Along with Horner's Braveheart, one of the best Irish sounding scores ever written. I will compare Williams' score with Horner's, and point out differences and similarities, since many seem to like to compare the two. Like Horner, Williams incorporates traditional Irish intruments, such as the Penny Whistle and the Uillean Pipes, into the music, to create a very Irish sound. He also makes use of the talents of The Chieftans, which really is a great group and they really spice up the music. When Horner's music is more dramatic, sweeping, very sad and downhearted, Williams takes another approach (which isn't so strange, concidering it's another kind of movie). Far and Away
is more stirring, positive and upbeat, like for instance in "Blowing off Steam" (which has a very quick Irish melody, played by mostly low strings, later joined by the whole orchestra) and the cues featuring The Chieftans). But there are more romantic, moving parts too, of course, as this is a film about love (among other things), like the wonderful "County Galway, June 1892", the first track, in which the beautiful main theme is presented for the first time, by a lonely Penny Whistle.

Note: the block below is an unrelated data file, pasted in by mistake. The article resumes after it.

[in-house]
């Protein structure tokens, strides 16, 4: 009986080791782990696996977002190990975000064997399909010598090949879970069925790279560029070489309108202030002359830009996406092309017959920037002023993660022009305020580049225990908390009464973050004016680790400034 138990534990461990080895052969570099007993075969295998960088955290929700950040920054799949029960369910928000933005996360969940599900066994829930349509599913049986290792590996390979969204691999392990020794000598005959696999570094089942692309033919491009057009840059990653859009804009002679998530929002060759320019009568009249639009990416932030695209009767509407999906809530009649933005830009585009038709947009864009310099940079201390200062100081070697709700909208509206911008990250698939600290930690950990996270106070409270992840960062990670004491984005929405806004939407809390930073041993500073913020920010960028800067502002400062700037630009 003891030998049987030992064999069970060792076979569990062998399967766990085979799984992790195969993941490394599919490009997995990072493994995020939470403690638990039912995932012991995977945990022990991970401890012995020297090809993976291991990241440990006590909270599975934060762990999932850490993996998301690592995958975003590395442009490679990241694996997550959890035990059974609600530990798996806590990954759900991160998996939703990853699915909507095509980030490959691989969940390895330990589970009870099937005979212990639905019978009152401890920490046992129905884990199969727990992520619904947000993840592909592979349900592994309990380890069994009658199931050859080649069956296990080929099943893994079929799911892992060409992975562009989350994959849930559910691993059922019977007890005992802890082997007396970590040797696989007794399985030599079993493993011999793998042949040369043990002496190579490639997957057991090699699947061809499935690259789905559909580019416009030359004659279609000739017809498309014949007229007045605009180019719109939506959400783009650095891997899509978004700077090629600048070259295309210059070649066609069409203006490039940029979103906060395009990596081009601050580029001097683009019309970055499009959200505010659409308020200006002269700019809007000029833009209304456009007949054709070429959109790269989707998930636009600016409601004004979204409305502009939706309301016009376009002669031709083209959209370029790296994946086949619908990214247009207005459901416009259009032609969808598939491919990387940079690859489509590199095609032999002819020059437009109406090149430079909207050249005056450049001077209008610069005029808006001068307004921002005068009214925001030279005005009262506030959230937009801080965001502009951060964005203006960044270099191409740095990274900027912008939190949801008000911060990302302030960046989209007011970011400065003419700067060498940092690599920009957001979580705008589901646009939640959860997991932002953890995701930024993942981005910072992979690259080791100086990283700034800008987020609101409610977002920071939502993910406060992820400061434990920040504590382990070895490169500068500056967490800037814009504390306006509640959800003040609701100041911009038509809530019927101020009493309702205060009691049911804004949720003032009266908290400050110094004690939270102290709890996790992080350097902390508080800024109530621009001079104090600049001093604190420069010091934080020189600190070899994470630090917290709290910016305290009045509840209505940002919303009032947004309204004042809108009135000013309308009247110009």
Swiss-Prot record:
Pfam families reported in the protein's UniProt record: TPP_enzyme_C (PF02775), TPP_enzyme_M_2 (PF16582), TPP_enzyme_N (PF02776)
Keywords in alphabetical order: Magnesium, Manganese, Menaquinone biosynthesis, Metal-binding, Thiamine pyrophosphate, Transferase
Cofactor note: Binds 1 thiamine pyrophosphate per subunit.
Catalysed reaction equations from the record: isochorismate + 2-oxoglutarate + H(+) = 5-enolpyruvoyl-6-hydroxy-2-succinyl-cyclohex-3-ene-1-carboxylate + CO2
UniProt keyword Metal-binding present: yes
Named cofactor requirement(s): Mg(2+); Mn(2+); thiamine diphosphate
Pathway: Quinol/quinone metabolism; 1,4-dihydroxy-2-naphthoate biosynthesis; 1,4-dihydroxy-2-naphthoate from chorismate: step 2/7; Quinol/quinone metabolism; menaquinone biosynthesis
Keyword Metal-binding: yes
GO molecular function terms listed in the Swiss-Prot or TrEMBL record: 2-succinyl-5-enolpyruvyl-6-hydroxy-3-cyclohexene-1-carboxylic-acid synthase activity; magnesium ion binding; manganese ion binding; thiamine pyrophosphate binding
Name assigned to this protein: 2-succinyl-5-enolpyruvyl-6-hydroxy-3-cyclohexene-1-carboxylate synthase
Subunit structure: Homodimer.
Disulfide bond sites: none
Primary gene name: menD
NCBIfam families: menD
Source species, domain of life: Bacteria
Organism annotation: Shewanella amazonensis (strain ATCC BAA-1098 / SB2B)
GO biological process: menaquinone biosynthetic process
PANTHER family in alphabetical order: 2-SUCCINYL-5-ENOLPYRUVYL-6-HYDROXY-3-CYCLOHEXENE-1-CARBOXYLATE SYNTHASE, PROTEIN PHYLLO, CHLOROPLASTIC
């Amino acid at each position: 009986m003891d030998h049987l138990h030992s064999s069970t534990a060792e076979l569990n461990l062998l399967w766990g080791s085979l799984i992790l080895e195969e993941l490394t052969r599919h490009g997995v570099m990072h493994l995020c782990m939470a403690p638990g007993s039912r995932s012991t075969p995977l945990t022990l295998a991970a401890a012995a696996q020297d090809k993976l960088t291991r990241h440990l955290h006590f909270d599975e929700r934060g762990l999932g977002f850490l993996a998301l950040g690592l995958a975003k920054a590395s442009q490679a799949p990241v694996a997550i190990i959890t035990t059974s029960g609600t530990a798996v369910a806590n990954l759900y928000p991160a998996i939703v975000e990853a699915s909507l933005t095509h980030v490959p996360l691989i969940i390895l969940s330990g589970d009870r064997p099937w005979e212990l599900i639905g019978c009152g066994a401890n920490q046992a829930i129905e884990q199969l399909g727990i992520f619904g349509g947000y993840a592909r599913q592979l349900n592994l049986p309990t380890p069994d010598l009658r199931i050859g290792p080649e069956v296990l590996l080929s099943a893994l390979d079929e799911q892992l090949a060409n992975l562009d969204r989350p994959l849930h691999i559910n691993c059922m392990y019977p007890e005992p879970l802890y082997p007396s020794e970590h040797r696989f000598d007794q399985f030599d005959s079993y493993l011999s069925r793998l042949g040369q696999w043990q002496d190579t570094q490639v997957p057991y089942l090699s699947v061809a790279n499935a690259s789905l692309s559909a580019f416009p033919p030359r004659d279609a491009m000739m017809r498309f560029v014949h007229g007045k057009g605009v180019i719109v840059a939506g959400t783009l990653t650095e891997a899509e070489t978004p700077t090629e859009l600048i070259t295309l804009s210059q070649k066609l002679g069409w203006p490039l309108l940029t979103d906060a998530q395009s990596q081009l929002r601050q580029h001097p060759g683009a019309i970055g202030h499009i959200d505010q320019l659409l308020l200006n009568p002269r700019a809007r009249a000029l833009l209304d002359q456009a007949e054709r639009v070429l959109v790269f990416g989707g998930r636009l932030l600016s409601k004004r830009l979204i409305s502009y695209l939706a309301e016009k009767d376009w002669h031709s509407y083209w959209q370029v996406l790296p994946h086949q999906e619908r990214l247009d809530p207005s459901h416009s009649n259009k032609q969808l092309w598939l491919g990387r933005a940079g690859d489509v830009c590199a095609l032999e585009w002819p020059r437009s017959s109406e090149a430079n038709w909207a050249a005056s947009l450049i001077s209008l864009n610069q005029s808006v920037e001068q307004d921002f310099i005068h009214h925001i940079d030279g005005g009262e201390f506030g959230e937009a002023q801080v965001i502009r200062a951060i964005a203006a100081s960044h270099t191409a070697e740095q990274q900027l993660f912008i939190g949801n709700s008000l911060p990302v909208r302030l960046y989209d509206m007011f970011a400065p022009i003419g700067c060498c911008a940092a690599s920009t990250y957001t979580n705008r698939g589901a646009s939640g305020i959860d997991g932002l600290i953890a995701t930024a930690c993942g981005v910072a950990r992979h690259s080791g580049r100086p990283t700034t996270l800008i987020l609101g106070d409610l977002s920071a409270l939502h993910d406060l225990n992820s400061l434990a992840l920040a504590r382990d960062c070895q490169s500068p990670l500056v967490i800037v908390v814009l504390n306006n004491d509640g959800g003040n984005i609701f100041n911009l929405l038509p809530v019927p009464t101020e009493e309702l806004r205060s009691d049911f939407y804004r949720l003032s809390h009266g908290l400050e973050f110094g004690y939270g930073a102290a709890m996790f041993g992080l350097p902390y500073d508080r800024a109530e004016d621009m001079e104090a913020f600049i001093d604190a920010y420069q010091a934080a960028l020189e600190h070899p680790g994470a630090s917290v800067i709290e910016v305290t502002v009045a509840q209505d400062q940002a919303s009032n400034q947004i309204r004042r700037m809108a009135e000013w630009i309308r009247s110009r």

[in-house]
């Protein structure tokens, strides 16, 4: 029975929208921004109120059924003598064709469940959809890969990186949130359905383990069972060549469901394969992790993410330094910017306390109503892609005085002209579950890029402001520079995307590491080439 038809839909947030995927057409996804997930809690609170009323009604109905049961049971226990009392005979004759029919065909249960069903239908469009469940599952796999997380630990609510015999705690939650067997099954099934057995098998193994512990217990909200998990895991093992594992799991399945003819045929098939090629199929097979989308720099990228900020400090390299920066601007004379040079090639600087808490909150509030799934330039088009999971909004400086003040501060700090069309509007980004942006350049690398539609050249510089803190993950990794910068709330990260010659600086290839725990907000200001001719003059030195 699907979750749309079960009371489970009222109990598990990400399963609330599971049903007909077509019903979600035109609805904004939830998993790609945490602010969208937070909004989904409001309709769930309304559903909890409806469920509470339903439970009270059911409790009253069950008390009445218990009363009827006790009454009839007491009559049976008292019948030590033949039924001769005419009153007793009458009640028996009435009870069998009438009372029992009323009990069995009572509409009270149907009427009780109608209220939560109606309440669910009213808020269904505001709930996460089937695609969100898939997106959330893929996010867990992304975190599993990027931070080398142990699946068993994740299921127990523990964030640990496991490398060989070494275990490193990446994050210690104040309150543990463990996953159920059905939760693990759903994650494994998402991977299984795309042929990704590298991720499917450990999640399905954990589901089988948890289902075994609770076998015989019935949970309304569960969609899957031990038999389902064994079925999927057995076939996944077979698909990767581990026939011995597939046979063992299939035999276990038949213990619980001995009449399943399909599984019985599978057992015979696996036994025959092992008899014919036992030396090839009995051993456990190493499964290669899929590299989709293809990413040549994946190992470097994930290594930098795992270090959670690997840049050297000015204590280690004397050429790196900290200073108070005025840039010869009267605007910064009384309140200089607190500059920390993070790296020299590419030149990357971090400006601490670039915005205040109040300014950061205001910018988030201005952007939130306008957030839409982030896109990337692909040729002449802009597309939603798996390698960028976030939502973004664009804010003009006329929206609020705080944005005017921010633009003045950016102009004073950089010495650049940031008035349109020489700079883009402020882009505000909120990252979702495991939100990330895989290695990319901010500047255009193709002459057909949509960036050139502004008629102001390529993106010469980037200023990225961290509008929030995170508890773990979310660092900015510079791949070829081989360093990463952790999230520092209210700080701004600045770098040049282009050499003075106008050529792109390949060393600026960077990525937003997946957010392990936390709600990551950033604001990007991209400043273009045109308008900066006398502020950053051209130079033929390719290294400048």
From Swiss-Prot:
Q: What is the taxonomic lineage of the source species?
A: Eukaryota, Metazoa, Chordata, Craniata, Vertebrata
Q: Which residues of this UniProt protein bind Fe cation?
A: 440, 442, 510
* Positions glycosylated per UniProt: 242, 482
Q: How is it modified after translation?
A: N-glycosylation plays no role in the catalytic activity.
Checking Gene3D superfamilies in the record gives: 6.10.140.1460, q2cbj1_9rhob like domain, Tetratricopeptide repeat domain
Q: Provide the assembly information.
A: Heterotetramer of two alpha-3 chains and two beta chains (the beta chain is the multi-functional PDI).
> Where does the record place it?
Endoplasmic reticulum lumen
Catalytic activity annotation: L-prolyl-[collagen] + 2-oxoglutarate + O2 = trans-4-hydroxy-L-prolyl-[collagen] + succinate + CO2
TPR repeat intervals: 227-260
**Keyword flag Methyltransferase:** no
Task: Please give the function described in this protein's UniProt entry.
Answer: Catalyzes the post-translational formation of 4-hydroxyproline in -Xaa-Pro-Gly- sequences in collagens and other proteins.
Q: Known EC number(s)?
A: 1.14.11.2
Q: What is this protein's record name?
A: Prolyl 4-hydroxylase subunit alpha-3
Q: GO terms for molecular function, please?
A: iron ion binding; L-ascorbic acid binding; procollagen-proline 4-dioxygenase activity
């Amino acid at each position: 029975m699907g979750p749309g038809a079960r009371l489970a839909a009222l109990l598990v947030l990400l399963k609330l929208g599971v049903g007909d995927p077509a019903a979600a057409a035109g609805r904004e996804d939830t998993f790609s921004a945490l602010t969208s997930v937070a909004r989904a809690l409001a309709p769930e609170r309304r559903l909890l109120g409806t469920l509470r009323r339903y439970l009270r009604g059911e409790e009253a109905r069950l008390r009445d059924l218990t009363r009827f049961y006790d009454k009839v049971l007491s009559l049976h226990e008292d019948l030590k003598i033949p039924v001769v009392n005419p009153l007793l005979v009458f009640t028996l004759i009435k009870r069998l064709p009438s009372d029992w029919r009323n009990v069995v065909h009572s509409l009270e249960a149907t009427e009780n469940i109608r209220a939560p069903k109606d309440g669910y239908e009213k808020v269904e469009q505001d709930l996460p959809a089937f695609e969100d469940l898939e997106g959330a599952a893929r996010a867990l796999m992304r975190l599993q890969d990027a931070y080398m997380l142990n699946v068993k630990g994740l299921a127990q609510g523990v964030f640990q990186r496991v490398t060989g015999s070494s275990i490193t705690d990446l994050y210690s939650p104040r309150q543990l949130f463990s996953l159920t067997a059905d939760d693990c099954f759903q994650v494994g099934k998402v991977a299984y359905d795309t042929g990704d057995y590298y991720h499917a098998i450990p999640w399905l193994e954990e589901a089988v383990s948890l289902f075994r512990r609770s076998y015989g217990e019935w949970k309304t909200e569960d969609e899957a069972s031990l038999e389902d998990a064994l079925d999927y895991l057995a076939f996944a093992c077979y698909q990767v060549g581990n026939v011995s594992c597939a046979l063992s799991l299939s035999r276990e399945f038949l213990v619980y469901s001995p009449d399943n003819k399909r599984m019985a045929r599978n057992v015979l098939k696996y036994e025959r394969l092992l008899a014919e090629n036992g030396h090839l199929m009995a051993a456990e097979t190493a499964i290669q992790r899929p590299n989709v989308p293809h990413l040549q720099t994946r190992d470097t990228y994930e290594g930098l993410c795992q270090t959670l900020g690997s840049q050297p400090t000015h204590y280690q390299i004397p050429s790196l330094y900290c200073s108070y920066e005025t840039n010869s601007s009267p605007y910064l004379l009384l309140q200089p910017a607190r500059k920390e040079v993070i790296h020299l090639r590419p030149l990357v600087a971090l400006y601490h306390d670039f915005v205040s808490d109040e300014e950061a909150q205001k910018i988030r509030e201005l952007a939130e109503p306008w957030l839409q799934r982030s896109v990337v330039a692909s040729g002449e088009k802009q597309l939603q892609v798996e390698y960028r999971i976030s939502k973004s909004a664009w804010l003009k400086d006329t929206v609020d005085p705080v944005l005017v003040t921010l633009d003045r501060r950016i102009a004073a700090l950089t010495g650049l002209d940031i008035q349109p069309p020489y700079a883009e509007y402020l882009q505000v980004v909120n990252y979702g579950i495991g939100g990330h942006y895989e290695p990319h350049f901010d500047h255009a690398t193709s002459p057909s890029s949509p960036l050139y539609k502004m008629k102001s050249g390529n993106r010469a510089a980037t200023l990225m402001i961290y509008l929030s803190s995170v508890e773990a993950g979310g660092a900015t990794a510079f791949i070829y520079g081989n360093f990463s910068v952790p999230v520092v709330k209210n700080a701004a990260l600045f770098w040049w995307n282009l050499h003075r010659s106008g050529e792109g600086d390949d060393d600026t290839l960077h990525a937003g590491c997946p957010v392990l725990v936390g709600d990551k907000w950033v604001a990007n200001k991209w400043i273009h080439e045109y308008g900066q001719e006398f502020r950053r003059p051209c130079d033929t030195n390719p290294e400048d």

The best track is "The Land Race", if you like exciting action/adventure music that is. It's really a great track, performed by the whole orchestra in all it's splendour, with great use of the different themes. Terrific. Other splendid tracks are "Leaving Home" (in which the main theme is given a wonderful sweeping rendition), "The Big Match" and "Joseph's Dream" among others.
The only negative I can think of is that the music gets a little dull in a couple of tracks. "Inside the Mansion", for instance, consists mostly out of slow, "simple" celesta (or is it a Glockenspiel?) and harp music. But apart from that, there's really nothing bad about this score.
Read other recent reviews by Andreas Lindahl: The Rocketeer
, Pirates of the Caribbean: The Curse of the Black Pearl
, The Phantom of the Opera